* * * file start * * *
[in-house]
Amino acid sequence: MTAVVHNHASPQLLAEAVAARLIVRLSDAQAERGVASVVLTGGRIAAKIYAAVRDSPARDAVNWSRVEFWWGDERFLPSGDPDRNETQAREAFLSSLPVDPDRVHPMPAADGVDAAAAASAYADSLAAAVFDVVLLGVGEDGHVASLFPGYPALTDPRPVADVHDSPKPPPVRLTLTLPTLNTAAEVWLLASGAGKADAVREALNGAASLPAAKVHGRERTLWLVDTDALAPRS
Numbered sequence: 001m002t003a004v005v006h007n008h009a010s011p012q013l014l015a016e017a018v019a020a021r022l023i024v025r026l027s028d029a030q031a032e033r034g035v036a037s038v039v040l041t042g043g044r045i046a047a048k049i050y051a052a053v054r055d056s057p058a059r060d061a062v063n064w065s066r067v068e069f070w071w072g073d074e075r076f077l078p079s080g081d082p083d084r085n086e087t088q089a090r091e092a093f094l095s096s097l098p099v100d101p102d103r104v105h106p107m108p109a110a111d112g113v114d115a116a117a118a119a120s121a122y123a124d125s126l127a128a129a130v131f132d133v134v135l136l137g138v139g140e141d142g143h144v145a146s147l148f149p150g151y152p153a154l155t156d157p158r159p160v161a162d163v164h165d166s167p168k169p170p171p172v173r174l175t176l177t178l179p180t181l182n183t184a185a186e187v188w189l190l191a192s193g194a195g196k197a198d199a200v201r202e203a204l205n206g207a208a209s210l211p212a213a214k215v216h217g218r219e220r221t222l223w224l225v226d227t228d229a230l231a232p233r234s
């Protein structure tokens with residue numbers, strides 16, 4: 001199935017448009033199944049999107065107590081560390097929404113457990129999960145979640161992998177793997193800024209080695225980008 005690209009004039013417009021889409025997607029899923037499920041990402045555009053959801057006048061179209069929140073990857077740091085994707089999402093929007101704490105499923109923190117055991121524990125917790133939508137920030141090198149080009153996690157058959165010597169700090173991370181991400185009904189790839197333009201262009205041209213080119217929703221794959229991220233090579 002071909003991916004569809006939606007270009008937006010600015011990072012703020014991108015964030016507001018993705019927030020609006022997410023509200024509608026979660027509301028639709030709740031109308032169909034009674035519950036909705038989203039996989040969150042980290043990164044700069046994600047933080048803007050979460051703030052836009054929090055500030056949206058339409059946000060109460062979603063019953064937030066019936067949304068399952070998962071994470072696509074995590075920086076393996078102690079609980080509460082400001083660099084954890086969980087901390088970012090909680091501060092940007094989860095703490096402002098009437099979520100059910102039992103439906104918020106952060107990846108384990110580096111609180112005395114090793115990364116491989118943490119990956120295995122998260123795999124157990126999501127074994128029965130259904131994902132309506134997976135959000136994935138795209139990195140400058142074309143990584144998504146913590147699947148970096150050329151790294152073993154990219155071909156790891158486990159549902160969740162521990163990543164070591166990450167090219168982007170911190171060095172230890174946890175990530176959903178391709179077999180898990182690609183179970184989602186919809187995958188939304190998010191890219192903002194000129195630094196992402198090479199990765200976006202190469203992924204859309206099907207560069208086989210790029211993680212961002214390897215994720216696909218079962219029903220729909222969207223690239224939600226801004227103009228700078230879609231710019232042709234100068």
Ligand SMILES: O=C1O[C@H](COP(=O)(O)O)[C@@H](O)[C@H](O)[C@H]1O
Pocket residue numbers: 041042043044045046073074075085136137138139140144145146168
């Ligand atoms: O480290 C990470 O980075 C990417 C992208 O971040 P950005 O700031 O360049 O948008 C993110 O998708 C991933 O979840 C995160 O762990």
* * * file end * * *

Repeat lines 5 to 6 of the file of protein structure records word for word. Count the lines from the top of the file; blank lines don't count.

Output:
Ligand SMILES: O=C1O[C@H](COP(=O)(O)O)[C@@H](O)[C@H](O)[C@H]1O
Pocket residue numbers: 041042043044045046073074075085136137138139140144145146168